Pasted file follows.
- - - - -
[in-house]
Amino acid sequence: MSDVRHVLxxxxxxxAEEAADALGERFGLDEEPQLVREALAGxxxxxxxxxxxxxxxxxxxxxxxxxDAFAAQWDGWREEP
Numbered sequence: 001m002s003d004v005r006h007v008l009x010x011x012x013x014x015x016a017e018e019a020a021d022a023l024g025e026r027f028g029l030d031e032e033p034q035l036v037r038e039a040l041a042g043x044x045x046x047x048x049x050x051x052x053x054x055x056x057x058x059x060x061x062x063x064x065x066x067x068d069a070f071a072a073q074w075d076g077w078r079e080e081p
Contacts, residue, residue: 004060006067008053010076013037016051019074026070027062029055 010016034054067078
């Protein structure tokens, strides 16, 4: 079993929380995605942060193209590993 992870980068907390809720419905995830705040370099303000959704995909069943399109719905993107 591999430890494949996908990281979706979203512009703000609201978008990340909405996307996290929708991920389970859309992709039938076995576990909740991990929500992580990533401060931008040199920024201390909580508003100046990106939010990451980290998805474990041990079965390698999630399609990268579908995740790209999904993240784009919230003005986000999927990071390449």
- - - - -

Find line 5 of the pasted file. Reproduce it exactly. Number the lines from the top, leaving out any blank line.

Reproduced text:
């Protein structure tokens, strides 16, 4: 079993929380995605942060193209590993 992870980068907390809720419905995830705040370099303000959704995909069943399109719905993107 591999430890494949996908990281979706979203512009703000609201978008990340909405996307996290929708991920389970859309992709039938076995576990909740991990929500992580990533401060931008040199920024201390909580508003100046990106939010990451980290998805474990041990079965390698999630399609990268579908995740790209999904993240784009919230003005986000999927990071390449």